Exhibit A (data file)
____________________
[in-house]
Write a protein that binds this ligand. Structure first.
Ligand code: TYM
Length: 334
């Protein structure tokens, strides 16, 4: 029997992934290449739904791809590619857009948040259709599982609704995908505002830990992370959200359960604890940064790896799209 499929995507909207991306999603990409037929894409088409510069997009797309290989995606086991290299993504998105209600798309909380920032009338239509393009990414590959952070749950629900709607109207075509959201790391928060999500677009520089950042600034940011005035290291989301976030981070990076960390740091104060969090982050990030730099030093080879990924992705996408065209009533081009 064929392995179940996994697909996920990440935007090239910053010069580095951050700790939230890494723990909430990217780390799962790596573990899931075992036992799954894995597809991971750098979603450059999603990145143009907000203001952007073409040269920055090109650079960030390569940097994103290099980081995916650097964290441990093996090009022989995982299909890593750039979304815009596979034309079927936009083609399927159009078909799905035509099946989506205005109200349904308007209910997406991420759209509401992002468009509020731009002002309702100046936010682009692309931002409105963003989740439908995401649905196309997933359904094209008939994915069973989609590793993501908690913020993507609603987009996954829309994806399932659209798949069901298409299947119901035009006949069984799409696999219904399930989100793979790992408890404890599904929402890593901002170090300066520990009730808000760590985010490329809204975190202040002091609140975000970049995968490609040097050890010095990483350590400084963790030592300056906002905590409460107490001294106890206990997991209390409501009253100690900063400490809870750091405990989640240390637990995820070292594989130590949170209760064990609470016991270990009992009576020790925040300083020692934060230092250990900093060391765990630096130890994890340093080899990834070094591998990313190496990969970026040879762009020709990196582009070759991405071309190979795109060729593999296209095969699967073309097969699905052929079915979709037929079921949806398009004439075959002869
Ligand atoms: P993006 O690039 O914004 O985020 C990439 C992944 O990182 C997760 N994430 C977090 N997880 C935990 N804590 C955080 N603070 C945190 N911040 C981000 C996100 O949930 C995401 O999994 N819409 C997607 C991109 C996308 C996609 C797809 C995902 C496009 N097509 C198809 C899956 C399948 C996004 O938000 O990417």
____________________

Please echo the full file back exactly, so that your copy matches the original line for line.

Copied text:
[in-house]
Write a protein that binds this ligand. Structure first.
Ligand code: TYM
Length: 334
């Protein structure tokens, strides 16, 4: 029997992934290449739904791809590619857009948040259709599982609704995908505002830990992370959200359960604890940064790896799209 499929995507909207991306999603990409037929894409088409510069997009797309290989995606086991290299993504998105209600798309909380920032009338239509393009990414590959952070749950629900709607109207075509959201790391928060999500677009520089950042600034940011005035290291989301976030981070990076960390740091104060969090982050990030730099030093080879990924992705996408065209009533081009 064929392995179940996994697909996920990440935007090239910053010069580095951050700790939230890494723990909430990217780390799962790596573990899931075992036992799954894995597809991971750098979603450059999603990145143009907000203001952007073409040269920055090109650079960030390569940097994103290099980081995916650097964290441990093996090009022989995982299909890593750039979304815009596979034309079927936009083609399927159009078909799905035509099946989506205005109200349904308007209910997406991420759209509401992002468009509020731009002002309702100046936010682009692309931002409105963003989740439908995401649905196309997933359904094209008939994915069973989609590793993501908690913020993507609603987009996954829309994806399932659209798949069901298409299947119901035009006949069984799409696999219904399930989100793979790992408890404890599904929402890593901002170090300066520990009730808000760590985010490329809204975190202040002091609140975000970049995968490609040097050890010095990483350590400084963790030592300056906002905590409460107490001294106890206990997991209390409501009253100690900063400490809870750091405990989640240390637990995820070292594989130590949170209760064990609470016991270990009992009576020790925040300083020692934060230092250990900093060391765990630096130890994890340093080899990834070094591998990313190496990969970026040879762009020709990196582009070759991405071309190979795109060729593999296209095969699967073309097969699905052929079915979709037929079921949806398009004439075959002869
Ligand atoms: P993006 O690039 O914004 O985020 C990439 C992944 O990182 C997760 N994430 C977090 N997880 C935990 N804590 C955080 N603070 C945190 N911040 C981000 C996100 O949930 C995401 O999994 N819409 C997607 C991109 C996308 C996609 C797809 C995902 C496009 N097509 C198809 C899956 C399948 C996004 O938000 O990417």